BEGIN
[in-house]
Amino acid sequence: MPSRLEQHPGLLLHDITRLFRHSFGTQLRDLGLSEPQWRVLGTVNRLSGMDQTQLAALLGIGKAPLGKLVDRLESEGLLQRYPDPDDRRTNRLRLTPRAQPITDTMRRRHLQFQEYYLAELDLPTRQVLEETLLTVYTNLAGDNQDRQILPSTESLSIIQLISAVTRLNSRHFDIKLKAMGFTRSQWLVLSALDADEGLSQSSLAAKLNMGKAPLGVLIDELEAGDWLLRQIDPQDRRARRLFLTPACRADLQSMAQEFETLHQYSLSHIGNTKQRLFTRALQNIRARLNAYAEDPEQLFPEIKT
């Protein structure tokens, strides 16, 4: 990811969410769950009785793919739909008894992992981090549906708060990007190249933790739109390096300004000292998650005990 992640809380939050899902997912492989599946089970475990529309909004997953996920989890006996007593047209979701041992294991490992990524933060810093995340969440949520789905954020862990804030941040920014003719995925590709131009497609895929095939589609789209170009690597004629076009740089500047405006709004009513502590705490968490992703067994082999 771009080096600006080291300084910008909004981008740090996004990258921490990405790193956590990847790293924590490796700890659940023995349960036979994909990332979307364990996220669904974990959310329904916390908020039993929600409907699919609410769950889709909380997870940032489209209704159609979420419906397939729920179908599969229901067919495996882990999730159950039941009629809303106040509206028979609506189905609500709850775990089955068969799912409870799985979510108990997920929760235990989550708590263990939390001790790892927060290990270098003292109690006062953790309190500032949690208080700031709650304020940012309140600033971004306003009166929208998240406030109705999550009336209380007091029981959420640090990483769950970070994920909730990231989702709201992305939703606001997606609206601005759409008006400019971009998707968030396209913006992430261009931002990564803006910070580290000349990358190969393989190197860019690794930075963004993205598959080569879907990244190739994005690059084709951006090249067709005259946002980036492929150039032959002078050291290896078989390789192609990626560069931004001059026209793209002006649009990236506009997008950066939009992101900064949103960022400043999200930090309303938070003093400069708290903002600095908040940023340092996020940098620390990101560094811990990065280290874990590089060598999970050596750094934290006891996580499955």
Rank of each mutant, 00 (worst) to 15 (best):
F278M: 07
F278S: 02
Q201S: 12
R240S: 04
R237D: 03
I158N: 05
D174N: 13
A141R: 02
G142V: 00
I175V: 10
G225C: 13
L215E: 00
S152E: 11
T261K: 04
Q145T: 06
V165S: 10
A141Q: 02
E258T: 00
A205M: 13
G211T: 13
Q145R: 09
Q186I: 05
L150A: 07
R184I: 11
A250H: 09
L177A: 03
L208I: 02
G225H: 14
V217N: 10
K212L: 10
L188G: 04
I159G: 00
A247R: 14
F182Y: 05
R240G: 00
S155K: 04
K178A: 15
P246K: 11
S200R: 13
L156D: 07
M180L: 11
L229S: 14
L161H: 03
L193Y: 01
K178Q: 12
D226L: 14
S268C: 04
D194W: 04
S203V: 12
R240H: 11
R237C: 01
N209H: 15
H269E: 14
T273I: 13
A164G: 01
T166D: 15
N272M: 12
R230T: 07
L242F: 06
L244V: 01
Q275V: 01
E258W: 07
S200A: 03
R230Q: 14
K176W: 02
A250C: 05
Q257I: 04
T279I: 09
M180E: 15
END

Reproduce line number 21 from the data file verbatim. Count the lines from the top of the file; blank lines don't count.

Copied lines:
A141Q: 02